Officials with a Boise innovation company and their partners at Idaho State University believe technology developed to pour the perfect beer could soon keep COVID-19 patients off of ventilators.
Legacy US, Inc. has patents pending on a combination ventilator and respirator, called the Venspirator, which company leaders say is portable, cheap to make and requires no power source, making it an ideal fit for developing countries and domestic hospitals overwhelmed by the coronavirus.
The company created the Venspirator by tweaking the patented beer tap regulator it developed.
Legacy’s fully mechanical medical device provides patients supplemental oxygen from a tank through a mask and N95 filter. The regulator allows users to dial in the precise percentage of pure oxygen desired, blending it with natural air to extend the life of the oxygen tank.
ISU’s College of Pharmacy will research the Venspirator, and Bengal Solutions Consulting is tasked with marketing, market research and economic impact studies on the product in support of grant applications.
“There’s a lot of science in pouring a good beer,” said Legacy CEO Kim Reeves, “but if you asked us a few months ago if we would be making a medical device we would have laughed at you.”
The Venspirator, which runs on pressure and provides natural breathing assistance, avoids causing lung damage often associated with ventilators. Reeves said ventilators, by contrast, are known to “take over breathing and force a rhythm.”
Legacy relocated to Treasure Valley from California’s Silicon Valley in December. In addition to making beer tap equipment, Legacy has been installing its patented refrigerated cup holders in major U.S. baseball stadiums for Molson Coors. Legacy has also spun off into technology used for humidity control and carbon dioxide dispersion in indoor farming.
Legacy chose to partner with ISU because the local university holds the state’s health science mission.
“It came about from guys who were not even involved in the medical world but involved in other aspects of technology and manufacturing and said, ‘How can we make what we’re already doing applicable to this medical crisis?’” said Jared Barrott, assistant professor of biomedical and pharmaceutical sciences at ISU, who will spearhead the product research.
Legacy President Jeff Dalton explained the invention traces back to March, when an employee involved in research and development, Jordan Clifford, volunteered the company to make ventilator parts on its 3D printer to help address a national shortage of the medical machines. The company never received any requests for parts. In the interim, however, Dalton and Clifford realized they could devise their own solution by modifying their pressure regulators.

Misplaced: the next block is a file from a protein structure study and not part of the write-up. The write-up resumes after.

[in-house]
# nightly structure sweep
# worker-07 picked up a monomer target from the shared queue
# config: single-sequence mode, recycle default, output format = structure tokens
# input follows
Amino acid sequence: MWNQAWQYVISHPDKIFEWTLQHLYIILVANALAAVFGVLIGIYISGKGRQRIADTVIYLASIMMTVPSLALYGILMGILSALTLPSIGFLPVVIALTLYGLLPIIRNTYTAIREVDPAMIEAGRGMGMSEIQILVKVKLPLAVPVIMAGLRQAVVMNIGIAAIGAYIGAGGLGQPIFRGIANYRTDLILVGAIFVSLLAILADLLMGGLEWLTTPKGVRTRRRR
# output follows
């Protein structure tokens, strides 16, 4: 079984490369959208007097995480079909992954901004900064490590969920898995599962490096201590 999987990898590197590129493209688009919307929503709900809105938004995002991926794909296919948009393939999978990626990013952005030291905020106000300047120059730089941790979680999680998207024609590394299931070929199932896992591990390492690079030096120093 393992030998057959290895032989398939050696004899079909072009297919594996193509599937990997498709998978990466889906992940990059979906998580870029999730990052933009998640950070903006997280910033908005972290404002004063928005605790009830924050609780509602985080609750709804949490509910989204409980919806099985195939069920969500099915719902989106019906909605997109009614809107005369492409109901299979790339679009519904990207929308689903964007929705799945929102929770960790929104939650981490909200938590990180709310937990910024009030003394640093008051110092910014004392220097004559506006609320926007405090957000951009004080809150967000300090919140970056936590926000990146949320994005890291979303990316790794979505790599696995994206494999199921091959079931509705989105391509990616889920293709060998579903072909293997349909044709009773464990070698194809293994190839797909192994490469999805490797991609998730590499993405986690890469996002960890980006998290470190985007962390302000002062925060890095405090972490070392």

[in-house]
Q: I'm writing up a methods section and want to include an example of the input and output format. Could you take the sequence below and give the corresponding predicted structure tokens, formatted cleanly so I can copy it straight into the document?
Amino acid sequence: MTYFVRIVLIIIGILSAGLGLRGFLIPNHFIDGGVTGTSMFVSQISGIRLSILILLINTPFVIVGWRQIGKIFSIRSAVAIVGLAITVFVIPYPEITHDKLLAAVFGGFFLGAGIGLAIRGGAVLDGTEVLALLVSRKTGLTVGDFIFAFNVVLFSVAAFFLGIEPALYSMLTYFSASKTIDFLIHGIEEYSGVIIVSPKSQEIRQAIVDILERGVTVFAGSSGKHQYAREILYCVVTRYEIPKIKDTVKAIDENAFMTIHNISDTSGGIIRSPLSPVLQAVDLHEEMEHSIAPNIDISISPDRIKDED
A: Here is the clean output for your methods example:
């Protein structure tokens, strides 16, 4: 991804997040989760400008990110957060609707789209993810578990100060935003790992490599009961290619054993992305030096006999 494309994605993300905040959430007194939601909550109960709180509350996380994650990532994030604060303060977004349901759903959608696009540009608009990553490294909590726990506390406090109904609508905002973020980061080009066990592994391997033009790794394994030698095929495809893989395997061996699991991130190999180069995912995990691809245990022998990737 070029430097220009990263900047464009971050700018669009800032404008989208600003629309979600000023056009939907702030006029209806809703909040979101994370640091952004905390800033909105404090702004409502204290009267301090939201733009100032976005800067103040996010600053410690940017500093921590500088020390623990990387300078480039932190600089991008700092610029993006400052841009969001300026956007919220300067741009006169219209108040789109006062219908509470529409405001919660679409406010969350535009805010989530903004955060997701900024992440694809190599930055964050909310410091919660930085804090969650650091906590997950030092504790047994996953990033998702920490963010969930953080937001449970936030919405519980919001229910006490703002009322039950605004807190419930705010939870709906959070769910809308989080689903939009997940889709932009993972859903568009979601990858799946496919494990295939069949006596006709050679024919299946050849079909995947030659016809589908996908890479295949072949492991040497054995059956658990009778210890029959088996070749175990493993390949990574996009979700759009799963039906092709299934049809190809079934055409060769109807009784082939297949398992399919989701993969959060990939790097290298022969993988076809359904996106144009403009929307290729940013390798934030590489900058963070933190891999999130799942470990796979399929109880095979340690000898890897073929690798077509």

Dalton and his company pressed forward with the project despite having no budget set aside for it.
“This may prevent you from needing a ventilator. ... Once we knew we had a solution, we were like, ‘Shoot, we have a solution. We have to do this,’” Dalton said.
They’re in the process of applying for grants through the National Science Foundation and the National Institute of Health. They plan to apply for a U.S. Department of Defense grant — Reeves explained the devices could filter out smoke and hazardous chemicals to help soldiers, or just give troops an oxygen boost to enhance performance.
They’re also planning to obtain patents in several foreign countries and are partnering on further product research with universities and scientists in Germany, Brazil and China.
Human testing at ISU could start within the next couple of months, Barrott said. He said tests will be conducted with healthy patients to quantify how oxygen circulation and ease of breathing is enhanced.
“It has a worldwide application getting around the need for electrical plugging in,” Barrott said.
Dan Cravens, director of Bengal Solutions, said his staff will attend trade shows and interact with health care decision-makers to identify the needs the product can fill and raise awareness about it. Cravens said his staff will also study successful models used in the past for introducing new technology into the medical equipment field.
“I think there’s a lot of different directions this could go just beyond COVID-19,” Cravens said.
Dalton said the estimated cost of buying a new medical-grade 3D printer and enough resin to create 100 Venspirators is $15,000, and he estimates he’ll eventually be able to get the cost of making a unit down to about $5. By comparison, hospital’s pay about $70,000 for a ventilator.
Dalton said it will also be easy to email designs to ISU, enabling the university to print its own Venspirator parts.
Dalton emphasized that Legacy wasn’t the first company to put beer tap technology to use in the medical field. He explained the FOB, which was invented to recognize when kegs run dry and shut off flow to keep air from entering beer lines, has been converted for use as an artificial heart valve.
“A lot of innovation comes from beer because beer is fluid dynamics and physics,” Dalton said.